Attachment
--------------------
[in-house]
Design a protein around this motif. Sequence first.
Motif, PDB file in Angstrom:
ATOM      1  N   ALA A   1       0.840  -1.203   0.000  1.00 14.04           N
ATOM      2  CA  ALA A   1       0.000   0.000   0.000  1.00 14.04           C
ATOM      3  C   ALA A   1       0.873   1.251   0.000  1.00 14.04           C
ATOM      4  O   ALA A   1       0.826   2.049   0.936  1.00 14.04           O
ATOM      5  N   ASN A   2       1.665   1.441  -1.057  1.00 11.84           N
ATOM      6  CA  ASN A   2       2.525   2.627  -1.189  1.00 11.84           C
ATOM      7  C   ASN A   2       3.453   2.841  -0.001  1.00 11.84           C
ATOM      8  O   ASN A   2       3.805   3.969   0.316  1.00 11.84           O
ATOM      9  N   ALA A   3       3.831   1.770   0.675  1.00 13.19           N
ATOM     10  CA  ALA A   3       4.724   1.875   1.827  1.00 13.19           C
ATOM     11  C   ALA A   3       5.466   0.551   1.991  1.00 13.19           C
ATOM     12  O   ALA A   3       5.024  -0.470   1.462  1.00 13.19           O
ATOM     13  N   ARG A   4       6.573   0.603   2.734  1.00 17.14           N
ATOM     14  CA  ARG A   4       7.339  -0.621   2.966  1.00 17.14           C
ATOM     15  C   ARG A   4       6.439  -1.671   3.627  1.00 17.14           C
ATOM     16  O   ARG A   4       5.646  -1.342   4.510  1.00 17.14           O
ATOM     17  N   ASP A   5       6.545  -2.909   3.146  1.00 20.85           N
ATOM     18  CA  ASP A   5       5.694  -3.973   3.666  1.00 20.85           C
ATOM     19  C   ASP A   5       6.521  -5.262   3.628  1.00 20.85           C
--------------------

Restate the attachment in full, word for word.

[in-house]
Design a protein around this motif. Sequence first.
Motif, PDB file in Angstrom:
ATOM      1  N   ALA A   1       0.840  -1.203   0.000  1.00 14.04           N
ATOM      2  CA  ALA A   1       0.000   0.000   0.000  1.00 14.04           C
ATOM      3  C   ALA A   1       0.873   1.251   0.000  1.00 14.04           C
ATOM      4  O   ALA A   1       0.826   2.049   0.936  1.00 14.04           O
ATOM      5  N   ASN A   2       1.665   1.441  -1.057  1.00 11.84           N
ATOM      6  CA  ASN A   2       2.525   2.627  -1.189  1.00 11.84           C
ATOM      7  C   ASN A   2       3.453   2.841  -0.001  1.00 11.84           C
ATOM      8  O   ASN A   2       3.805   3.969   0.316  1.00 11.84           O
ATOM      9  N   ALA A   3       3.831   1.770   0.675  1.00 13.19           N
ATOM     10  CA  ALA A   3       4.724   1.875   1.827  1.00 13.19           C
ATOM     11  C   ALA A   3       5.466   0.551   1.991  1.00 13.19           C
ATOM     12  O   ALA A   3       5.024  -0.470   1.462  1.00 13.19           O
ATOM     13  N   ARG A   4       6.573   0.603   2.734  1.00 17.14           N
ATOM     14  CA  ARG A   4       7.339  -0.621   2.966  1.00 17.14           C
ATOM     15  C   ARG A   4       6.439  -1.671   3.627  1.00 17.14           C
ATOM     16  O   ARG A   4       5.646  -1.342   4.510  1.00 17.14           O
ATOM     17  N   ASP A   5       6.545  -2.909   3.146  1.00 20.85           N
ATOM     18  CA  ASP A   5       5.694  -3.973   3.666  1.00 20.85           C
ATOM     19  C   ASP A   5       6.521  -5.262   3.628  1.00 20.85           C